“You want your kid to set goals that are meaningful to them and experience the consequences. You’re allowed to make one comment, then shut up and let them do what they want to do,” she said, as long as the child is keeping to the family’s moral standards. If he thinks he’s made a mistake, you can help him learn to save receipts and negotiate back a refund or store credit.

“I’d much rather teach my kids when the stakes are $2 than when they are $10,000,” Pearl said.

“I do think there is a value in experience,” she said. “When the parent puts more control in the kids’ hands, they’re going to see the payoff.”

By the time her son was 11, she increased his allowance to the point where he was buying his toiletries, sports equipment and guitar accessories. “It was a huge allowance, but I ended up spending less,” because he prioritized, she said.

She became his ally and coach, asking him to replace the $20 jeans he wanted for a $12 pair from the clearance rack.

“If there was money left over, he could keep it. That’s a great incentive,” Pearl said. “When the money is coming directly out of a parents’ wallet, they don’t think twice out of it, but all of a sudden it means something.”

“You’d be surprised at the number of children who think money grows on plastic,” Rockey said. Unless a parent explains it, they don’t understand that a credit card is a like a loan they need to repay.

There’s a huge need for teenagers and college students to learn more about credit cards, Rockey said.

“As soon as they turn 18 they have a plethora of credit card offers. Many of them take advantage, not really understanding what that means,” he said. “These teenagers are graduating from college with a huge debt.”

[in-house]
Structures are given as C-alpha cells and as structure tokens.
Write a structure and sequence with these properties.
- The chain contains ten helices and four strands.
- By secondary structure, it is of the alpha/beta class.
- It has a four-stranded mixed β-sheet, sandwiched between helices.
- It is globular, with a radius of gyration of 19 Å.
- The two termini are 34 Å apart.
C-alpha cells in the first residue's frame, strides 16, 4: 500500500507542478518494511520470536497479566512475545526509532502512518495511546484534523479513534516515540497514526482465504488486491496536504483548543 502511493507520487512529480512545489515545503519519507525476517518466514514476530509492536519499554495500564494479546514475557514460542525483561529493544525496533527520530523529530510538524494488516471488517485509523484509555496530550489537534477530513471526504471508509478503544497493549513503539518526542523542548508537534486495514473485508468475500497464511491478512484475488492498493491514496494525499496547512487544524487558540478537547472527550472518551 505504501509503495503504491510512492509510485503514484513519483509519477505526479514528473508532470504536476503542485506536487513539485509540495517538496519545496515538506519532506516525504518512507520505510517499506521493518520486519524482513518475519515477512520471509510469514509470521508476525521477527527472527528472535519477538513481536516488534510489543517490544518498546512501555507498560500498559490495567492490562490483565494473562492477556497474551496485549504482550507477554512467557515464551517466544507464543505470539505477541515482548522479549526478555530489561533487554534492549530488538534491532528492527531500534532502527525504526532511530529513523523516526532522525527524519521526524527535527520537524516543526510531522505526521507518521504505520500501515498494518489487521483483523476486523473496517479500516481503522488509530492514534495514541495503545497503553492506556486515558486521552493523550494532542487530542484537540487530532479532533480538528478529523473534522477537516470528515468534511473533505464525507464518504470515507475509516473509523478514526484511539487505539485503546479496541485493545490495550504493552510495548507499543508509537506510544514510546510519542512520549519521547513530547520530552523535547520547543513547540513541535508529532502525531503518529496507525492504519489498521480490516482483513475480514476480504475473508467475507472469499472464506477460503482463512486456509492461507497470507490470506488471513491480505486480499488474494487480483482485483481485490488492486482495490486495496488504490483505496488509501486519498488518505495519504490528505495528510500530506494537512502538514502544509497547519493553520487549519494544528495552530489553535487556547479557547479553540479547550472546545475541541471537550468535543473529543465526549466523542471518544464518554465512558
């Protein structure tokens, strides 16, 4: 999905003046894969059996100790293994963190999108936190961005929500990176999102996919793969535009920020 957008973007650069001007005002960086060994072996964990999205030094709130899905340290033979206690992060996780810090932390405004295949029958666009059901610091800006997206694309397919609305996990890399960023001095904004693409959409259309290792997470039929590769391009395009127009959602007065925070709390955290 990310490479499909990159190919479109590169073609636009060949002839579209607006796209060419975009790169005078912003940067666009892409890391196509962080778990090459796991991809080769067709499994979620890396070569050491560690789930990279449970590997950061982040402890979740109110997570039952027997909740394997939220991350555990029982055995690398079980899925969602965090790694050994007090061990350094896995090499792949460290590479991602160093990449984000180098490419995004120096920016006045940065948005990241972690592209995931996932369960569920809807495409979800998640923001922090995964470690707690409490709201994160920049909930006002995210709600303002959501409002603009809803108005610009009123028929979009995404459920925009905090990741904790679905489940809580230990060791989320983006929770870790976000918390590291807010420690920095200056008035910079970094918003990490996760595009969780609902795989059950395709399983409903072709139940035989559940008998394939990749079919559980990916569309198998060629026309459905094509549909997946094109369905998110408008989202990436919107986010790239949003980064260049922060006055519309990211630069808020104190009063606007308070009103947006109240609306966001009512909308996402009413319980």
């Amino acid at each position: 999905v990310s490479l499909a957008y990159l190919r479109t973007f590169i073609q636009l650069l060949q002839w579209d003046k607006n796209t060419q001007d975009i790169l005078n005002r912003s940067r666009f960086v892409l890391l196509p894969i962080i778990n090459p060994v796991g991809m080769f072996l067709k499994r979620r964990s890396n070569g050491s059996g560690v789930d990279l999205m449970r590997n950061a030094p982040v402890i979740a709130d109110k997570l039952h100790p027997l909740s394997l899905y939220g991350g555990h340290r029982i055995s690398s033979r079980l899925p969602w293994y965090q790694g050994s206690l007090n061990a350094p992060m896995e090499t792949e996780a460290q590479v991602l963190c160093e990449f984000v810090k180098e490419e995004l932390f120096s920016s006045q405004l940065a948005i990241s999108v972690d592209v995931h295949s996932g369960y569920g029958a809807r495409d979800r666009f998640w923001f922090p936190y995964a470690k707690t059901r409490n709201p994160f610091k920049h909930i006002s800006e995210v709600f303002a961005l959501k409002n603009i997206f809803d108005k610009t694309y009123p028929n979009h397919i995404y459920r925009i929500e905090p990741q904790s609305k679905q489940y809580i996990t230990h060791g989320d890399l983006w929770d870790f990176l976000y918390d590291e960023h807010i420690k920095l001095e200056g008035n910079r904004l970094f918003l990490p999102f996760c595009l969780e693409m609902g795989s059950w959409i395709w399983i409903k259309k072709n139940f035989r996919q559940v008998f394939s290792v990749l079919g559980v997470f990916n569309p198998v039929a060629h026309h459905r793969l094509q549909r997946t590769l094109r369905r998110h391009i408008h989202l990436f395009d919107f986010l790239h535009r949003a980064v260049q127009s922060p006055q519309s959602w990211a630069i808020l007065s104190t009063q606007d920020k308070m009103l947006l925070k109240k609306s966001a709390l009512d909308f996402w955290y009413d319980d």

Many start their professional lives needing to work two or three jobs just to catch up with their credit card and college loan debt, Rockey said.

“If you start young and you continue to reinforce financial literacy throughout their lives, … hopefully they’ll be more successful in life as well,” Rockey said.


Helping your children become financially literate

– If you decide to start an allowance, be sure you have the money on hand every week. Be consistent, regularly giving the allowance and taking the child to the bank to deposit it.

– Don’t treat money like a taboo. Even if you consider your salary personal, tell kids what percent of your income you spend on bills, eating out and fun stuff.

– Talk about why it is important to save.

– Explain the benefits of banks – safety and interest. Most banks will let a child open an account with no minimum balance. Help your child open a savings account and make regular deposits.

– Discuss the difference between needs and wants.

– Show young kids how many pennies make a nickel and how many nickels make a dime.

– When you’re grocery-shopping, let them find the item on sale or the one you have a coupon for.

– Reinforce the benefits of savings to older children by setting up your own 401(k) at home. Author Jayne Pearl explains what worked in her family at Bank Web sites also have educational ideas.

– Remember, it takes time to train you and your children.

Sources: American Bankers Association Education Foundation, Commerce Bank, PNC Bank




“Alexander, Who Used to be Rich Last Sunday” by Judith Viorst

“Have Wheels Will Travel” by Anne Mazer

“Money Trouble” by Bill Cosby

“Henry and Beezus” by Beverly Cleary

“Rent Party Jazz” by William Miller

“Germy Blew It Again” by Rebecca Jones

“The Big Buck Adventure” by Shelley Gill and Deborah Tobola

“Millions” by Frank Cottrell

“Owl in the Office” by Ben M. Baglio

“The Go-Around Dollar” by Barbara Johnston Adams

Source: Commerce Bank


(Diana Fishlock is a staff writer for the Patriot-News of Harrisburg, Pa. She can be contacted at dfishlock(at)


AP-NY-09-05-08 1516EDT